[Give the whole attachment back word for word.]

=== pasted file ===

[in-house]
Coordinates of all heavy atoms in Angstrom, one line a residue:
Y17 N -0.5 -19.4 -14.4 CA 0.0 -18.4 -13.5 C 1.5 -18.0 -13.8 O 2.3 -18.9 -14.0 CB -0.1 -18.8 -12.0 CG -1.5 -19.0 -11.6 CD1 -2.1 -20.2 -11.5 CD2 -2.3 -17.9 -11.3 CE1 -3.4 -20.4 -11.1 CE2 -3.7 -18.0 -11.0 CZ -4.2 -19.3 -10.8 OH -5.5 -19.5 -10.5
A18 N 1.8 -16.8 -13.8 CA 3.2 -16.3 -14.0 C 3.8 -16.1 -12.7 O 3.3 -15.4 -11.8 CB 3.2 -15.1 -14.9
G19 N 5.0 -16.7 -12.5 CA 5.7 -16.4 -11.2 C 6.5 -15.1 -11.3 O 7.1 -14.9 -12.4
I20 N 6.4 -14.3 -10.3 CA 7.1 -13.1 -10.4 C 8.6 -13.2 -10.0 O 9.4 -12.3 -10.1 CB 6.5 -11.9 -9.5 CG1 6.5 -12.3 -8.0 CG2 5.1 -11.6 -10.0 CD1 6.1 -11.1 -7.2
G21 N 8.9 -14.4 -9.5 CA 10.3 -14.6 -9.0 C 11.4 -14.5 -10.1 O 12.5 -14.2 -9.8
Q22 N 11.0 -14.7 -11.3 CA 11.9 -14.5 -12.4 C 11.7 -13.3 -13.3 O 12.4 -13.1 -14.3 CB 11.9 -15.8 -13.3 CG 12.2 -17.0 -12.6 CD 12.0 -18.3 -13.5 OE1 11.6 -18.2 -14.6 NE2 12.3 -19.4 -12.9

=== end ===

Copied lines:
[in-house]
Coordinates of all heavy atoms in Angstrom, one line a residue:
Y17 N -0.5 -19.4 -14.4 CA 0.0 -18.4 -13.5 C 1.5 -18.0 -13.8 O 2.3 -18.9 -14.0 CB -0.1 -18.8 -12.0 CG -1.5 -19.0 -11.6 CD1 -2.1 -20.2 -11.5 CD2 -2.3 -17.9 -11.3 CE1 -3.4 -20.4 -11.1 CE2 -3.7 -18.0 -11.0 CZ -4.2 -19.3 -10.8 OH -5.5 -19.5 -10.5
A18 N 1.8 -16.8 -13.8 CA 3.2 -16.3 -14.0 C 3.8 -16.1 -12.7 O 3.3 -15.4 -11.8 CB 3.2 -15.1 -14.9
G19 N 5.0 -16.7 -12.5 CA 5.7 -16.4 -11.2 C 6.5 -15.1 -11.3 O 7.1 -14.9 -12.4
I20 N 6.4 -14.3 -10.3 CA 7.1 -13.1 -10.4 C 8.6 -13.2 -10.0 O 9.4 -12.3 -10.1 CB 6.5 -11.9 -9.5 CG1 6.5 -12.3 -8.0 CG2 5.1 -11.6 -10.0 CD1 6.1 -11.1 -7.2
G21 N 8.9 -14.4 -9.5 CA 10.3 -14.6 -9.0 C 11.4 -14.5 -10.1 O 12.5 -14.2 -9.8
Q22 N 11.0 -14.7 -11.3 CA 11.9 -14.5 -12.4 C 11.7 -13.3 -13.3 O 12.4 -13.1 -14.3 CB 11.9 -15.8 -13.3 CG 12.2 -17.0 -12.6 CD 12.0 -18.3 -13.5 OE1 11.6 -18.2 -14.6 NE2 12.3 -19.4 -12.9